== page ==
Hamilton Schools also saw its superintendent resign from office in the spring after being ordered on administrative leave by the city schools’ governing school board.
Tony Orr, who was hired to lead Hamilton Schools in 2015, resigned under a separation agreement in April.
During his leave from office, the Journal-News was the first to report Orr was being investigated in connections with allegations of sexual harassment and other behavior that may have violated the school district’s policies.
Middletown man avoids trial, pleads guilty to murder, aggravated murder
James Geran, 45, of Middletown, admitted guilt in December to a pair of murder charges. He was charged with killing two women last summer before turning the gun on himself after a standoff in Trenton.
On Dec. 10, the day the trial was scheduled to begin in Butler County Common Pleas Court, Geran pleaded guilty to aggravated murder for shooting his girlfriend’s mother, Sharon McCleary, in the head on June 13 and murder for the fatal shooting of Megan Motter the day before. Prosecutors said Motter was Geran’s “business associate in criminal activity.”
For about two hours, Geran periodically fired his weapon at the Butler County Sheriff’s deputies outside. Negotiators talked him into releasing two sisters, one of which was his girlfriend.
However, when Geran let the second sister out, he immediately closed the door and deputies heard gunfire.
Geran then crawled out, having shot himself in the chin with a .380 caliber gun, according to deputies.
McClearly was found dead.
Geran could spend the rest of his life in prison. He is scheduled to be sentenced on Jan. 17.
Cincinnati man in January standoff gets 40-plus years in prison
Donald Gazaway, 32, of Cincinnati, held a 10-year-old boy hostage for 30 hours last winter at a Liberty Twp. apartment complex, and on Dec. 17 he was sentenced to 41½ years in prison.
Gazaway was convicted in October of kidnapping, felonious assault, inducing panic, aggravated burglary, and having weapons under disability after a four-day trial in Butler County Common Pleas Judge Charles Pater’s courtroom.
A plethora of law enforcement, including SWAT teams from the city of Hamilton and Butler County Sheriff’s Office, were on the scene for more than a day in January at the Springs at Liberty apartment complex after Gazaway had a confrontation with the boy’s mother. He demanded money and eventually kept the boy with him as he fired weapons and moved around the residence, according to prosecutors.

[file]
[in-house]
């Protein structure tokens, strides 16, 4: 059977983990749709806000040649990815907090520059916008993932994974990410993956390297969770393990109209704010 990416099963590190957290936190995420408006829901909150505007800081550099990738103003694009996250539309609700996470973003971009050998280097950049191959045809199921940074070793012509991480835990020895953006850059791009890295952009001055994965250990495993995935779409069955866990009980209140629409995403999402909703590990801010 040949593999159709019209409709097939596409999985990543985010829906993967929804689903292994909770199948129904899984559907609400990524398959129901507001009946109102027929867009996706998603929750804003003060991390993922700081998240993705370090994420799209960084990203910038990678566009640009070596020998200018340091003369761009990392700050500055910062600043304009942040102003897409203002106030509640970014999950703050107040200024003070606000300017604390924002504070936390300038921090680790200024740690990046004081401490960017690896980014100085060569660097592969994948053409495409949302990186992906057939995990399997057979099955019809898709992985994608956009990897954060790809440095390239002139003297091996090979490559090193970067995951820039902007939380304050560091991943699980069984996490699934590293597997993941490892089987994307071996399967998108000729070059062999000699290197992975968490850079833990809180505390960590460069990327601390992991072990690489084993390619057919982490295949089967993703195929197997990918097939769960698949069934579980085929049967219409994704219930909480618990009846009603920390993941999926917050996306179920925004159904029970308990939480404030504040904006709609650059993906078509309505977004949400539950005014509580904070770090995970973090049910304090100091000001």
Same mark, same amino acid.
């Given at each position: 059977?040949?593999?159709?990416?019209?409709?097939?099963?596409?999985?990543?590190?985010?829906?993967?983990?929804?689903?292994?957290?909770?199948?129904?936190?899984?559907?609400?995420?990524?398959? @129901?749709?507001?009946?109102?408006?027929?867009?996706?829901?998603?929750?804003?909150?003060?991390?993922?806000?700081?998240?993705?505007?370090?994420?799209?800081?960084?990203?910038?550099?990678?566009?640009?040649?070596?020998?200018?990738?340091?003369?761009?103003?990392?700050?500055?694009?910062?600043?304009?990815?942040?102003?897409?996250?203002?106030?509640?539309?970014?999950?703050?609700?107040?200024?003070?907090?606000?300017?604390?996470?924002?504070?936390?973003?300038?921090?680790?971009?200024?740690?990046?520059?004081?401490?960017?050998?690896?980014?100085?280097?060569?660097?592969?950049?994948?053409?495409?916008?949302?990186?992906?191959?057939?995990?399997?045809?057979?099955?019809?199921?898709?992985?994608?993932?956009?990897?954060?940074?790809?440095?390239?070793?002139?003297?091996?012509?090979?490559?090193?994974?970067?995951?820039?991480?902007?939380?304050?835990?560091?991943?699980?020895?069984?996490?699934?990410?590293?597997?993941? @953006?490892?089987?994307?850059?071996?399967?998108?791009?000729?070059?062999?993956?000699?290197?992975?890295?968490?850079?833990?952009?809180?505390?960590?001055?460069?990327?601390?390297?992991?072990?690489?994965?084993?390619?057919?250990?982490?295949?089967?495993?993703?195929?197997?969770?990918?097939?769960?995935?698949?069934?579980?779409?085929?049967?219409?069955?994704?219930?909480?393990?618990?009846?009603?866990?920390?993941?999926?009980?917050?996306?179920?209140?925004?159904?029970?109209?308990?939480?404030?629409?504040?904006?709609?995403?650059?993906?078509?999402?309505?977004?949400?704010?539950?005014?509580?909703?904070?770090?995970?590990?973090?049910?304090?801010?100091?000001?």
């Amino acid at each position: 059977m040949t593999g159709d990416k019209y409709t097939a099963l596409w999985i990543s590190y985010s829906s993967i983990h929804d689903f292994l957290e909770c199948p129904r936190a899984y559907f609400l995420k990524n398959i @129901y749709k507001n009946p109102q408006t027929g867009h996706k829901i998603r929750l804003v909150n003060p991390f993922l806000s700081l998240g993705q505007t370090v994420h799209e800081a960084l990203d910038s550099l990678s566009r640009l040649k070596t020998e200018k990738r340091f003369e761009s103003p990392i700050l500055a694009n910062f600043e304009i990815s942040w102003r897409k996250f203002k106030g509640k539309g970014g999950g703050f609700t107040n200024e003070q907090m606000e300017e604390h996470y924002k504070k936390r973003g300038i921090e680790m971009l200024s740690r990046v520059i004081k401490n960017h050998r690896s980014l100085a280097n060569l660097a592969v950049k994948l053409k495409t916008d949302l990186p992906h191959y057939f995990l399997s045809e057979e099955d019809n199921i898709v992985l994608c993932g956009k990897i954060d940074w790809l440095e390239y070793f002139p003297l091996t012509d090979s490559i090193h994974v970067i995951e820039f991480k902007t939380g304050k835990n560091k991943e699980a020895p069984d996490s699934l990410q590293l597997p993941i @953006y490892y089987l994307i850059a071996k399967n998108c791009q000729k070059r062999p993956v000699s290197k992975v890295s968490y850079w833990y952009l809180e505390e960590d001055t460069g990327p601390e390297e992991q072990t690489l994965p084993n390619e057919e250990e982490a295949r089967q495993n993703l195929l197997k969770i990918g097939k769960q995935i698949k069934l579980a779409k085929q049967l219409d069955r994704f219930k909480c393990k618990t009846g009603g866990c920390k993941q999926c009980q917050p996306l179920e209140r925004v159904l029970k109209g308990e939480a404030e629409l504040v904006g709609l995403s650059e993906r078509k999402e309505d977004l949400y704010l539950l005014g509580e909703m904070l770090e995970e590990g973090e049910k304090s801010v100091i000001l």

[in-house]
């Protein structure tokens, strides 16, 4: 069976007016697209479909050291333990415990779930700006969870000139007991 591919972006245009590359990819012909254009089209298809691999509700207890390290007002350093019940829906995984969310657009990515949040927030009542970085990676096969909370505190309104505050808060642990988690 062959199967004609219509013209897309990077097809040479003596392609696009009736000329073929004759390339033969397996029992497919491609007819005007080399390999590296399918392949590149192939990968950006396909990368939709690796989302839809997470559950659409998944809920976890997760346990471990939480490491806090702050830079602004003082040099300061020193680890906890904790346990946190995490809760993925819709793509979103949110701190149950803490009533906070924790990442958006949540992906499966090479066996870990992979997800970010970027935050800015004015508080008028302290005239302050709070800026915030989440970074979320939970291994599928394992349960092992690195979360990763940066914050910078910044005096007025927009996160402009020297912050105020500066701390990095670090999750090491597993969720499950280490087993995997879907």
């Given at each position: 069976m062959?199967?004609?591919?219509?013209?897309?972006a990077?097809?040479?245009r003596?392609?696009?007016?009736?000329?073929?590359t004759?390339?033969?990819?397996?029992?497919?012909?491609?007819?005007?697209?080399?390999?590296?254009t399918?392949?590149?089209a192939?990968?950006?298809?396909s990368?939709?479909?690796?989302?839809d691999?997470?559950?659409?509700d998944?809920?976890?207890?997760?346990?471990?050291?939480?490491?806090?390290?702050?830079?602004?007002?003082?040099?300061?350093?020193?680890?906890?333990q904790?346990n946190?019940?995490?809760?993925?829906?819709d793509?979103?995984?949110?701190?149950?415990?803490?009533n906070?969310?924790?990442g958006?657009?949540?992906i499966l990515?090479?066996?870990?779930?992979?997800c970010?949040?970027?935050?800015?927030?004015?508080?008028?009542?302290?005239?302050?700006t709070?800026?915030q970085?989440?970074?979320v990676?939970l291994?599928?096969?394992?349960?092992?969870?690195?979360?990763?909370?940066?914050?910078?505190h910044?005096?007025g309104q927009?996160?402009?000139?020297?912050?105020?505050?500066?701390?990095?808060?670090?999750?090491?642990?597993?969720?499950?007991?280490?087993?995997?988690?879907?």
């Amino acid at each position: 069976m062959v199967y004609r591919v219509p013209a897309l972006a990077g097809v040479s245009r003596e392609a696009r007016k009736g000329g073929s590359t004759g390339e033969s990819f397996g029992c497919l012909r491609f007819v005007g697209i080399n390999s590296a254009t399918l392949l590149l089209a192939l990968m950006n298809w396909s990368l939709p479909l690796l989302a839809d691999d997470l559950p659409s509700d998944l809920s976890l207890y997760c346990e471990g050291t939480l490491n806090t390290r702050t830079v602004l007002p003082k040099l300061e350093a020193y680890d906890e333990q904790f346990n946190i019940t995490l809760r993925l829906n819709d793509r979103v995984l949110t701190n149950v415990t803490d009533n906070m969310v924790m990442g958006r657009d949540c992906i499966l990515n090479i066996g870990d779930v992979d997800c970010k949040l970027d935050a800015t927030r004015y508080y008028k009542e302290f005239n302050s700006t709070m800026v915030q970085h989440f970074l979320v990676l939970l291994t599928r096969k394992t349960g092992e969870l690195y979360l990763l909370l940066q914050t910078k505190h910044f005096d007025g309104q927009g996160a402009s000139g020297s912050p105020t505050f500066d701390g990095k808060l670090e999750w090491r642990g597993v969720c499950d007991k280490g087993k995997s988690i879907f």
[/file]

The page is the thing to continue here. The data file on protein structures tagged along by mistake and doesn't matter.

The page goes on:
Gazaway maintained his innocence before sentencing, telling the judge he had done nothing wrong, and the shots were fired by someone else and he committed no crime getting into the home.
Teen driver in Monroe fatal prom crash sent to rehabilitation centerTOP STORY
A Monroe High School senior who was driving a car on her prom night that crashed and resulted in a friend’s death was sentenced by visiting Butler County Juvenile Court Judge Thomas Lipps to the Miami Valley Rehabilitation Center in Xenia this month.
Chynna Brandon could spend spend up to six months in the center as she continues to receive mental health treatments.
She was driving when Kaylie Jackson, 17, a senior at Monroe, was killed after she was ejected from a car that crashed on Millikin Road and struck a telephone pole, according to the Butler County Sheriff’s Office. The crash occurred on April 28 as the driver and three of her classmates were going to dinner in Mason before the Monroe prom.
Hospitals invest millions into the region
Two hospital networks invested nearly $100 million in the region in 2018.
The Christ Hospital Medical Center-Liberty Twp. opened Jan. 8 on 17 acres at 6939 Cox Road near the Interstate 75 interchange at Ohio 129. The $62 million medical facility includes an emergency room and offers surgical services including operating rooms with extended recovery for patients, plus a state-of-the-art family birthing center, radiology and imaging, physical therapy, general surgery, dermatology, endocrinology, and podiatry.
Kettering Health Network invested another $36 million for a new multi-million dollar medical complex in Middletown, which opened Aug. 8.
The 67,000-square-foot Kettering Health Network Middletown on Ohio 122 features a full-service emergency department, outpatient lab and imaging services, including a full complement of magnetic resonance imaging (MRI), computed tomography (CT), X-ray and ultrasound.